Kane’s families exist somewhere between the middle and upper-middle class, a position which causes them no small measure of anxiety. Her characters travel, but off-season, ‘the only way they could afford to come’. They are ‘not the kind of people who ever had a summer house, or ever expected to have one’. Nevertheless, here they are, in beautiful Nags’ Head. Andrew and Lena’s aspirations are reflected in their desire for genteel simplicity, and they resolve to avoid ‘clutter’ at all costs:
They had both come from middle-class, overstuffed homes; houses straining at the seams from all that had been acquired in the pursuit of happiness. None of it, once assembled, had made anything even resembling the original dream. Curtains and carpets were never the right colour . . . It broke their mothers’ hearts and confused their tired, disappointed fathers.
Tessa’s position as the wife of a banker gives her the ‘gift of time’ and allows her to hire Katia, an immigrant housekeeper, but face to face with this arrangement, she is appalled:
She’d come home recently, exuberant from an afternoon in the city, to find her scrubbing the kitchen floor on her hands and knees. Tessa, horrified, bought a mop and a bucket, but the kitchen was small and Katia seemed to prefer her method. Tessa would run to the closet and hold out the mop, but Katia, kneeling, would focus somewhere halfway between the floor and Tessa’s eyes. ‘I think there must be no problem,’ she would say.
Her extreme discomfort results in a ludicrous attempt to bond with Katia over tea – ‘We’re really both expats,’ she says – and causes her to rationalise the mounting evidence of Katia’s misdeeds: bathroom towels smelling of cigarette smoke, empty wine bottles in the bin, her eventual stealing. Still, she cannot conceive of true poverty, imagining Katia’s existence solely in her own context: ‘What she saw, actually, was a room much like the one she’d had in college, her only reference for impoverished living. She didn’t mind helping someone in such circumstances.’ On a mission to retrieve their house key from Katia’s council flat, Nick locks Tessa in the car, for safety.
Kane wrote most of Bending Heaven when she was living in London, and her stories directly address ‘the expat experience’. She is a careful, observant writer, watching her American characters as they adapt: ‘How cultured and European they all felt, saying petrol.’ At times, however, her love of European things seems to cloud her judgment. Shelley’s nostalgia for England serves no purpose in ‘Refuge’, and seems gratuitous. Tessa, vacationing in Paris, finds herself attracted to a flirtatious crêpe vendor. He has ‘beautiful hands’, of course, and the following exchange is presented straight-faced:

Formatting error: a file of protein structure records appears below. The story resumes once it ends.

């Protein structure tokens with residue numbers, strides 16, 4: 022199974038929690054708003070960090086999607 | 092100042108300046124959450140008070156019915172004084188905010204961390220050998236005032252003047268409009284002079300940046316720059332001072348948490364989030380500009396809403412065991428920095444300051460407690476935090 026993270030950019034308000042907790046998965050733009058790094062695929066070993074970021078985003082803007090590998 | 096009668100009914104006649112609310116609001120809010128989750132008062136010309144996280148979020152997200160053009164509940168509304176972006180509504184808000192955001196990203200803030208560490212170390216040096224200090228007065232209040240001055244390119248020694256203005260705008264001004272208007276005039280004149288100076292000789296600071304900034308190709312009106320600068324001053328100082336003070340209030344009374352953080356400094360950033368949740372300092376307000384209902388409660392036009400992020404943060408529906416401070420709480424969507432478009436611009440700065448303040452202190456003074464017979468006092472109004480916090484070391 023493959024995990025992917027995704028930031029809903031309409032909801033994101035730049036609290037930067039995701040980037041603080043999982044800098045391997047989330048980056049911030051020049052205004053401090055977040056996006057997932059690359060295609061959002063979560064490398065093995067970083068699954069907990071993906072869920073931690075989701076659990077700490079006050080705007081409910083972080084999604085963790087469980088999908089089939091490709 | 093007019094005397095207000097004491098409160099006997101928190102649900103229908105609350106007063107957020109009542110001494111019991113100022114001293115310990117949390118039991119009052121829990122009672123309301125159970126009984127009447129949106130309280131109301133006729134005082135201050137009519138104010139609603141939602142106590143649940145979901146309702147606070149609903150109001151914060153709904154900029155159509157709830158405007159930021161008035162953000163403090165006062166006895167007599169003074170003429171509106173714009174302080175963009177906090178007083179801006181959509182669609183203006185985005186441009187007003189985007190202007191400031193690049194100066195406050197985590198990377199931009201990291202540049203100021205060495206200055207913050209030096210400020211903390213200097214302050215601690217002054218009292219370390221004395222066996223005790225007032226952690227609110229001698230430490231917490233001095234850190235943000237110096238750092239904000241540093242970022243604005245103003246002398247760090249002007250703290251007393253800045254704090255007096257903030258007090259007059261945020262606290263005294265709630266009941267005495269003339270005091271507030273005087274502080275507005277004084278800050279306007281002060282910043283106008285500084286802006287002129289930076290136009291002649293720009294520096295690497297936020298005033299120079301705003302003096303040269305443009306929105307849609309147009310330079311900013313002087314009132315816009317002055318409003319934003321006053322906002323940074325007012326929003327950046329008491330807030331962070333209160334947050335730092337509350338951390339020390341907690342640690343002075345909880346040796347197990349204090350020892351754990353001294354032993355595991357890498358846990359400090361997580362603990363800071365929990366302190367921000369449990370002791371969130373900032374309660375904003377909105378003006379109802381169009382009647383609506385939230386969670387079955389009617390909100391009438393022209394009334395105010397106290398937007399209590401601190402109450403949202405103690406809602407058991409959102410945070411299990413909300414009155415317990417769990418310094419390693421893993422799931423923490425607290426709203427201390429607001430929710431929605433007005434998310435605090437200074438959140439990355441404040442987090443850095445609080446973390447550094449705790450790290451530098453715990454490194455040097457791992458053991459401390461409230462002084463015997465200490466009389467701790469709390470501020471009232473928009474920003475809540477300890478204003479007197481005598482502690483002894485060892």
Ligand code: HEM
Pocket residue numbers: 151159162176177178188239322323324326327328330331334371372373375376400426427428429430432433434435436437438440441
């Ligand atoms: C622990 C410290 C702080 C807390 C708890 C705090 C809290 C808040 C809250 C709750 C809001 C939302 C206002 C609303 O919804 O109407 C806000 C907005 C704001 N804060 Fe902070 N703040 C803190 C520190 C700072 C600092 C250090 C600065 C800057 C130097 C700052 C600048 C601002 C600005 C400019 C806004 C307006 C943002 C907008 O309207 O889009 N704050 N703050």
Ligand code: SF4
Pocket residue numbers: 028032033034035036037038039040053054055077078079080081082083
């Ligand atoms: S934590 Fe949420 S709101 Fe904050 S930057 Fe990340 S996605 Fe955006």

He would not give Tessa the crêpe she’d ordered unless she tilted her head back, opened her mouth, and allowed him to feed her one bite, the warm chocolate perhaps dribbling down her chin. He did not speak but gestured all this, touching his throat and chest. Then he winked again and laughed.
Tessa looked at his dark hair, his green eyes. The sunlight played over his face and she felt a pull low in her stomach. Her smile eased. Was this temptation? Or something like it?
We are heading into dangerous territory here, as neither Tessa, for all her self-consciousness, nor her creator seems to find anything a bit silly about this clichéd encounter between an Anglo-Saxon woman on holiday and an earthy foreign type. Given Kane’s capacity to micro-analyse her characters’ motivations, this lapse seems inexplicable, except perhaps as a conflation of wish fulfilment on the part of author and character.
Another problem is Kane’s tendency to repeat herself. Nick and Tessa’s experience with their housekeeper turns into
a colourful escapade, an amusing story . . . They told the story in tandem and developed an appealing mixture of humour and self-mockery. Nick had a funny part when he described the wine bottles in the trash bin; each time the number grew . . . People shook their heads and smiled. How awful for you, they said.
In ‘Exposure’, the previous story, Ellen fears that her experience with the photographer will be reconstructed at
dinner out with friends, where she would begin the process of working the story into her life, choosing the dramatic and humorous details she would tell over and over again. A story that would feature her own patience, understate her own talent, and leave the listener wiping away tears of laughter at the idea of Ellen and her odd behaviour.
Here is a description of publicity-speak in ‘How to Become a Publicist’:
‘Enthusiasm is contagious,’ she beams.
Then, seriously, a whisper creeping into her voice, ‘It’s a bit like being a midwife.’ (Later I will understand that these are pitches. If one angle doesn’t work, quickly try another. Adjust tone and volume.)
And another, very similar, in ‘Exposure’:
She had a bright, happy voice unless she was trying to be persuasive or sincere. Then she toned it down and her vowels lengthened and her diction became more precise . . . The publicist Ellen had had before this one spoke the same way, leading her to believe the affectation was endemic.
How many publicists can one short-story collection stand?
At other times, Kane resorts to emotional shorthand, often combined with obvious, and perhaps ironic, bids for resonance: when Sarah’s daughter takes a sip of her mother’s spiked Pepsi, Sarah wonders whether soda ‘would be for Amelia what madeleines were for Proust, opening up whole chapters of memory, most of them painful’. And in ‘Paris’, a woman idealises the sleep of her children: ‘her daughter languid on her back, one slim arm carelessly tossed above her head; her son on his side, somehow still the sleep of a child’. Underlying the description is a romantic notion of youth as the ‘time before, when the days were brighter and different’. But these are college-age children, who certainly have their own angsts: their mother may be about to leave their father; and among the hyper-sensitive population of Bending Heaven, it’s unlikely that anyone’s sleep is untroubled.